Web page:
Canada's new Liberal government repeats promise to legalize marijuana Canada’s new Liberal government has repeated its pledge to legalize marijuana in a speech outlining its agenda as parliament resumes after the 19 October election. A speech delivered by governor general David Johnston reiterated new prime minister Justin Trudeau’s plan to legalize and regulate the recreational use of marijuana. It is a position Trudeau has held since becoming leader of the Liberal party in 2013. However, for the first time, the government said it will restrict access to marijuana but did not elaborate. Trudeau has said that legalizing marijuana would fix a “failed system” and help remove the “criminal element” linked to the drug. He also has said Canadians would benefit from analyzing the experiences of Colorado and Washington state, which recently legalized pot.
Marijuana breathalyzer test could be coming soon CBSNEWS - A new invention may soon make it easier for police who pull over risky drivers to test them for marijuana impairment on the spot, in addition to the usual alcohol breath test. A marijuana breathalyzer will begin clinical trials early next year, the Oakland, California-based Hound Labs Inc. announced this week. "The idea is that law enforcement will have one device out on the road to test for both THC [a marijuana component] and alcohol," said Hound Labs CEO and founder Dr. Mike Lynn, an emergency room physician at Highland Hospital, in Oakland. Typically, measuring the level of tetrahydrocannabinol (THC) -- the psychoactive component in cannabis that gives users a "high" -- is done using urine, blood, or saliva tests.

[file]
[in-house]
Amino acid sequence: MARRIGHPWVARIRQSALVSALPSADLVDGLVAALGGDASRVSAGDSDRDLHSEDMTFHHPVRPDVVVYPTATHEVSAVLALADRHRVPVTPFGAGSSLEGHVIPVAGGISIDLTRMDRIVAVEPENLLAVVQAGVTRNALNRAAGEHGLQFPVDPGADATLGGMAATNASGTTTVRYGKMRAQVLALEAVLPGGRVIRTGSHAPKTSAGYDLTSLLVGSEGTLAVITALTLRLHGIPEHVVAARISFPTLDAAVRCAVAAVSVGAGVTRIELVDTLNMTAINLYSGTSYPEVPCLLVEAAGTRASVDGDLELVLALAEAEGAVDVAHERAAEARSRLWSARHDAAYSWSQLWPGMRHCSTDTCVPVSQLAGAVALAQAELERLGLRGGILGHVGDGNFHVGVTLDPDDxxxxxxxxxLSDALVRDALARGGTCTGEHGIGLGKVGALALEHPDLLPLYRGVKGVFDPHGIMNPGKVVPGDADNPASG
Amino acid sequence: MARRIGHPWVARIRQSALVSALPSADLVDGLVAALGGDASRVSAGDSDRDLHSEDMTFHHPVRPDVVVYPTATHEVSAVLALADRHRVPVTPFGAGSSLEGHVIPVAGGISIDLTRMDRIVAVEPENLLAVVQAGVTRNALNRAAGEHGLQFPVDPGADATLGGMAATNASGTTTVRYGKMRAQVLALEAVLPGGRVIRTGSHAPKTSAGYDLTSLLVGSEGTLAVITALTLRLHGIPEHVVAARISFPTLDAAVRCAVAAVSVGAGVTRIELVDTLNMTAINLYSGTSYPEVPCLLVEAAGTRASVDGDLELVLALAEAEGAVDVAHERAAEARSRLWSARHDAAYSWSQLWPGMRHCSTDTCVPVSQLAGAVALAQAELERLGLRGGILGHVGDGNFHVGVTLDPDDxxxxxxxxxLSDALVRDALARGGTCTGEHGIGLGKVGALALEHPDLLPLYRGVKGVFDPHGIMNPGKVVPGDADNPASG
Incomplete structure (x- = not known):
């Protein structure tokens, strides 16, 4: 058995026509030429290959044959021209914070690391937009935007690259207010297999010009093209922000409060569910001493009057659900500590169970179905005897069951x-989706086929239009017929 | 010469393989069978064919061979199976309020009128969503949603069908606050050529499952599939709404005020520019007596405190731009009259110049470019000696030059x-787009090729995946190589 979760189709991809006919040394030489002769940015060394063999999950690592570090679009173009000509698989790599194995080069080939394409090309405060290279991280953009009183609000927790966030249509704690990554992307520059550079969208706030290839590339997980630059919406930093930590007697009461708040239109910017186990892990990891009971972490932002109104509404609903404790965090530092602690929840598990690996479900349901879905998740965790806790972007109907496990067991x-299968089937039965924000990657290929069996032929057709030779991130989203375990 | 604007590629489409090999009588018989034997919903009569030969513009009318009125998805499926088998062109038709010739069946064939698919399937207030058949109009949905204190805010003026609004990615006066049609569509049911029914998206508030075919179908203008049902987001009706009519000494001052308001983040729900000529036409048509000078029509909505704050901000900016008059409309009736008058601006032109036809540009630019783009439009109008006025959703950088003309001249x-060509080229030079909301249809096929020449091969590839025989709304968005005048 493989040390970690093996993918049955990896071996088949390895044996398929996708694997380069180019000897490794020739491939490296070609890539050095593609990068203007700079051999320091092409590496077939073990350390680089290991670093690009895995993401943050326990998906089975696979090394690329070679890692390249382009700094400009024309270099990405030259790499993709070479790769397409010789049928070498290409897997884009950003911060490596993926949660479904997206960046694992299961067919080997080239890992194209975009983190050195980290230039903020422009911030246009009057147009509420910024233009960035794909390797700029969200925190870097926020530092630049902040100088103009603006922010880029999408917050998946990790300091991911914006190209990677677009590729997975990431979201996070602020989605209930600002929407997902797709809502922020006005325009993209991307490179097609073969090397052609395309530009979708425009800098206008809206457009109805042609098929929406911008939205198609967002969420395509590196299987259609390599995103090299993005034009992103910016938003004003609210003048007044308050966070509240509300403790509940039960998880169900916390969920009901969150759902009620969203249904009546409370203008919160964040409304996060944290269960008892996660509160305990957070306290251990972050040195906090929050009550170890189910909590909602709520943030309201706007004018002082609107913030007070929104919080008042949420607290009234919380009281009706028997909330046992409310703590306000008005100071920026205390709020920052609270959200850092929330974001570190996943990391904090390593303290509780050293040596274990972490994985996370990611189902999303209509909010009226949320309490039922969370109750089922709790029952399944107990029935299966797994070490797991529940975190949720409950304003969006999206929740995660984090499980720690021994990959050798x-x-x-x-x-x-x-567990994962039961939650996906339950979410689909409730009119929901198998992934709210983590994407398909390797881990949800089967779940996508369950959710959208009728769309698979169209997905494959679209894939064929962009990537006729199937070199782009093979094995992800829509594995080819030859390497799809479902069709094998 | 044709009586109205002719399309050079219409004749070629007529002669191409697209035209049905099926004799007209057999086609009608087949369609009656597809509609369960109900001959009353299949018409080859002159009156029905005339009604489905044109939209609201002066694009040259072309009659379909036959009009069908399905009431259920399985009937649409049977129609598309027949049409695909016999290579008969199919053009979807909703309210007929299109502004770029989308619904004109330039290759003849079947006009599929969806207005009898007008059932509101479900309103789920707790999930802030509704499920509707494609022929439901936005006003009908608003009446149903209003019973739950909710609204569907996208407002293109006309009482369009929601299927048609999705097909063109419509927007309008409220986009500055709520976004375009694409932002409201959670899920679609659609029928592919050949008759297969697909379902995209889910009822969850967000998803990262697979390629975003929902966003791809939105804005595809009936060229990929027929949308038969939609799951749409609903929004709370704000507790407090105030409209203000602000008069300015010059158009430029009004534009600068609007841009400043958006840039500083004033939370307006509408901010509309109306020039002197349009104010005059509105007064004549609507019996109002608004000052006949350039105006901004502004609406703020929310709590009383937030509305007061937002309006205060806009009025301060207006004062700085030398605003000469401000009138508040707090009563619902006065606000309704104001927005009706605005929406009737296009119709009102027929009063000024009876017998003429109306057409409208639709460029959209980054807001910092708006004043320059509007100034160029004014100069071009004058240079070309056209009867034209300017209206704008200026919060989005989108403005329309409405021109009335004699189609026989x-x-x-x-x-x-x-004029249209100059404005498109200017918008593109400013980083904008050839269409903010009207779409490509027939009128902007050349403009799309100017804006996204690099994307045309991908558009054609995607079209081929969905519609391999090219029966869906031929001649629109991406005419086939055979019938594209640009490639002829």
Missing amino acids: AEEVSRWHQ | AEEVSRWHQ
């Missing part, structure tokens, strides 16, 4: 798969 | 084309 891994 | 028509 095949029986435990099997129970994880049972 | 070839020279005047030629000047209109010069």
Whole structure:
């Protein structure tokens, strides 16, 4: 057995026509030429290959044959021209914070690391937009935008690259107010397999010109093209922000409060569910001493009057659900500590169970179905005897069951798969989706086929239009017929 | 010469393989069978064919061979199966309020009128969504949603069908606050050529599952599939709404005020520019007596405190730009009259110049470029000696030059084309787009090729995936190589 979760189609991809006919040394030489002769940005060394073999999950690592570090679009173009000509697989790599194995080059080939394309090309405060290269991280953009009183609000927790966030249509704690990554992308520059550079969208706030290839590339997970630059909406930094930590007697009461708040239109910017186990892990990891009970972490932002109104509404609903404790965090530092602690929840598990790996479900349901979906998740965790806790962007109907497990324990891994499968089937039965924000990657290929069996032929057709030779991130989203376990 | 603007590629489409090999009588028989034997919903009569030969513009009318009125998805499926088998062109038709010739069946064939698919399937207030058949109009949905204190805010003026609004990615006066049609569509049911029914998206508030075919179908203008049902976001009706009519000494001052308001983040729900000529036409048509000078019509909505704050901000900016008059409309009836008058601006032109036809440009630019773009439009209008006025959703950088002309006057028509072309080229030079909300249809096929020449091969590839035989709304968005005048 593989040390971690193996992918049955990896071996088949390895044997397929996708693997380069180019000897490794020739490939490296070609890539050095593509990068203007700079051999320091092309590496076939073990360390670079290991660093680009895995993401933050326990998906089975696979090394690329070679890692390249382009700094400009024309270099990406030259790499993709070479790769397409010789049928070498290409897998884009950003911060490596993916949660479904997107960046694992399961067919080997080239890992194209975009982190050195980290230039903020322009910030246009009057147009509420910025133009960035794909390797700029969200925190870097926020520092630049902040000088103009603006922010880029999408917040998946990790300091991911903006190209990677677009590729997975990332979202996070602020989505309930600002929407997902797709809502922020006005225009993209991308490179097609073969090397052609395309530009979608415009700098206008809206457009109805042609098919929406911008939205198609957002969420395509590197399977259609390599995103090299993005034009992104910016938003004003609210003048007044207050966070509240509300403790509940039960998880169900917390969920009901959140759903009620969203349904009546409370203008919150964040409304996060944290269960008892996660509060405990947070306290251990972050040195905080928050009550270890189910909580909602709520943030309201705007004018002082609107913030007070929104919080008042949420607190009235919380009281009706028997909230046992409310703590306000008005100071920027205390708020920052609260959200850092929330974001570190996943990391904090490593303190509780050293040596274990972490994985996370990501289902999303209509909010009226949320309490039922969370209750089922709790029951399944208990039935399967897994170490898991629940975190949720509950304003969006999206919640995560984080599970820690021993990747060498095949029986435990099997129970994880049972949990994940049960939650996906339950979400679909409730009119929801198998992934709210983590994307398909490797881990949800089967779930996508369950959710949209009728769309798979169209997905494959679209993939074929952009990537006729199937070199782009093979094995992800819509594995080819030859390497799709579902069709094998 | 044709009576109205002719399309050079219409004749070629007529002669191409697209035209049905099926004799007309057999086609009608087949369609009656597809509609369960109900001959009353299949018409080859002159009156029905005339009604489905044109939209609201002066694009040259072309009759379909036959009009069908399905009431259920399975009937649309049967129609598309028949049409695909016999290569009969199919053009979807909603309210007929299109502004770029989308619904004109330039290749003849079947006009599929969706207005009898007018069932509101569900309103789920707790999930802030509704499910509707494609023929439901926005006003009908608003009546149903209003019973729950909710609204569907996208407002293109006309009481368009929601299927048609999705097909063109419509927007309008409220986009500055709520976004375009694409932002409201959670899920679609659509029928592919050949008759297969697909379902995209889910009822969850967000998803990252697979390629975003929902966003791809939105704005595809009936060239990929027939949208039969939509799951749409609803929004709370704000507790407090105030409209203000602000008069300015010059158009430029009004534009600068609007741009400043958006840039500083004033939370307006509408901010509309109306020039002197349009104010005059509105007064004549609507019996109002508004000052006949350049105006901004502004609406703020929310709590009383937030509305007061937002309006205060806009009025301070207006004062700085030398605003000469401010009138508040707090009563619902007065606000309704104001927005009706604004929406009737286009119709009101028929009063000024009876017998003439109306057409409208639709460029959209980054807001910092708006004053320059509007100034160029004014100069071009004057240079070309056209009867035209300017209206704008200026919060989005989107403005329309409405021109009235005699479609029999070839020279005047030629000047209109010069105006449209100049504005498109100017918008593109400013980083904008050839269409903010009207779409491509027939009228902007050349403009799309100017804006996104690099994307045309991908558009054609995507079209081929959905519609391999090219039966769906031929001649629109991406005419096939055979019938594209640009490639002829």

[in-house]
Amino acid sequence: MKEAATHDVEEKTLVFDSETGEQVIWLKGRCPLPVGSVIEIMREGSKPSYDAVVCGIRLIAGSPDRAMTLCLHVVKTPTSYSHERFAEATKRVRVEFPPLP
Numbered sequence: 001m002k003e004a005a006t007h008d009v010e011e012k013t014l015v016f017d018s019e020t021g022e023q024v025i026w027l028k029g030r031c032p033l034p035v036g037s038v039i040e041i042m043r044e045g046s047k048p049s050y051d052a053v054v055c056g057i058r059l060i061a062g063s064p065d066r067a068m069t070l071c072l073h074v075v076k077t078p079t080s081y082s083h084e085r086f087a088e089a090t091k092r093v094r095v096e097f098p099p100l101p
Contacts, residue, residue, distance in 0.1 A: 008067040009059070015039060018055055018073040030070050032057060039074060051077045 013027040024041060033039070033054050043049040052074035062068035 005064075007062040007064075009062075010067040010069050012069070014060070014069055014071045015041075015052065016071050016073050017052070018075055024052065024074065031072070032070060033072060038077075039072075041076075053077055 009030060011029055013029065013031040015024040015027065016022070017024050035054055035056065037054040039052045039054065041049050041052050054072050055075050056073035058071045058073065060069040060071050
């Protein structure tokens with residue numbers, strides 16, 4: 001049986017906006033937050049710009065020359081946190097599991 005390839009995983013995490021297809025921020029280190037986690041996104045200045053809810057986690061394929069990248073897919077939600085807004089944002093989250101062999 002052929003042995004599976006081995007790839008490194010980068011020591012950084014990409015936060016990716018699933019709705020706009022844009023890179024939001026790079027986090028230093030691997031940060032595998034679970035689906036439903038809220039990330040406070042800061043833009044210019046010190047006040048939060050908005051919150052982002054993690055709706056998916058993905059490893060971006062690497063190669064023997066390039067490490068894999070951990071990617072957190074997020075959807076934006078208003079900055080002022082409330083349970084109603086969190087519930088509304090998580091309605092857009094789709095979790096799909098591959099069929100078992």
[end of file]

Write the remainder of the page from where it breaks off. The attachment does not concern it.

Trudeau’s Canada, Again On Tuesday, Nov. 10, six days after Justin Trudeau, leader of the Liberal Party, was sworn in as prime minister of Canada, I was shown into his office on the third floor of the Parliament building in Ottawa. A dark oak-paneled room, it contained a jumble of outsize furniture chosen by the previous occupant, Stephen Harper, whose Conservative Party was in power for a decade. The office had the air of a recently abandoned bunker — shelves bare, curtains drawn, personal effects hastily removed. Trudeau’s father, Pierre, occupied the same office for 16 years during the 1960s, ’70s and ’80s, and the new prime minister would shortly install his father’s old desk, a symbol of restoration but also an emphatic rejection of his predecessor. The squat, bulldoglike bureau left by the departing prime minister, Trudeau implied, was a reflection of Harper’s autocratic manner.
Obama Gets Personal With At-Risk Teens, Says 'I Got High' <br/><a href=" Breaking News</a> | <a href=" News Videos</a> Copy Last February, President Obama sat in a classroom in Chicago's Hyde Park Academy High School with a group of African-American boys working to overcome their circumstances and navigate the dangers of the city's South Side. The president listened and then shared his own story with the young men, quickly blowing through his schedule to continue the conversation. Mexico issues first permits for growing and possessing marijuana MEXICO CITY -- The Mexican government granted the first permits allowing growing and possession of marijuana for personal use on Friday. The government's medical protection agency said the permits will apply only to the four plaintiffs who won a November Supreme Court ruling. The permits won't allow smoking marijuana in the presence of children or anyone who hasn't given consent. The permits also don't allow the sale or distribution of the drug. The court's ruling doesn't imply a general legalization.